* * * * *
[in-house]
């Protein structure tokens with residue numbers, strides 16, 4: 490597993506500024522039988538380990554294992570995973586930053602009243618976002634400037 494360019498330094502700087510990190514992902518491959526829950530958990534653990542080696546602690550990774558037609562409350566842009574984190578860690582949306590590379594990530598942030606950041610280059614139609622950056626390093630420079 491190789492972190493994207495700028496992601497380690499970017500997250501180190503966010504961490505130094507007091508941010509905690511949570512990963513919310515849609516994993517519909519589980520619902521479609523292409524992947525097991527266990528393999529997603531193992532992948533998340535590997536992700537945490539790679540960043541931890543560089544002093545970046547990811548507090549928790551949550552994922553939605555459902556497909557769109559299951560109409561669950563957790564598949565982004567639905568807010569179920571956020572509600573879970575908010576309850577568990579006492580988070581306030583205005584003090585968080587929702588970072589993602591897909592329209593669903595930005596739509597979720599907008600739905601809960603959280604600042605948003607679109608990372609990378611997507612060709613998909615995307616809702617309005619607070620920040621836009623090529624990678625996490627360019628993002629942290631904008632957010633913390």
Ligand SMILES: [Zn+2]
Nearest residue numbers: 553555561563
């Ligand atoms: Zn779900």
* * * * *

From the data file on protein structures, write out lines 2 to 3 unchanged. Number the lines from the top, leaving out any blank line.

């Protein structure tokens with residue numbers, strides 16, 4: 490597993506500024522039988538380990554294992570995973586930053602009243618976002634400037 494360019498330094502700087510990190514992902518491959526829950530958990534653990542080696546602690550990774558037609562409350566842009574984190578860690582949306590590379594990530598942030606950041610280059614139609622950056626390093630420079 491190789492972190493994207495700028496992601497380690499970017500997250501180190503966010504961490505130094507007091508941010509905690511949570512990963513919310515849609516994993517519909519589980520619902521479609523292409524992947525097991527266990528393999529997603531193992532992948533998340535590997536992700537945490539790679540960043541931890543560089544002093545970046547990811548507090549928790551949550552994922553939605555459902556497909557769109559299951560109409561669950563957790564598949565982004567639905568807010569179920571956020572509600573879970575908010576309850577568990579006492580988070581306030583205005584003090585968080587929702588970072589993602591897909592329209593669903595930005596739509597979720599907008600739905601809960603959280604600042605948003607679109608990372609990378611997507612060709613998909615995307616809702617309005619607070620920040621836009623090529624990678625996490627360019628993002629942290631904008632957010633913390």
Ligand SMILES: [Zn+2]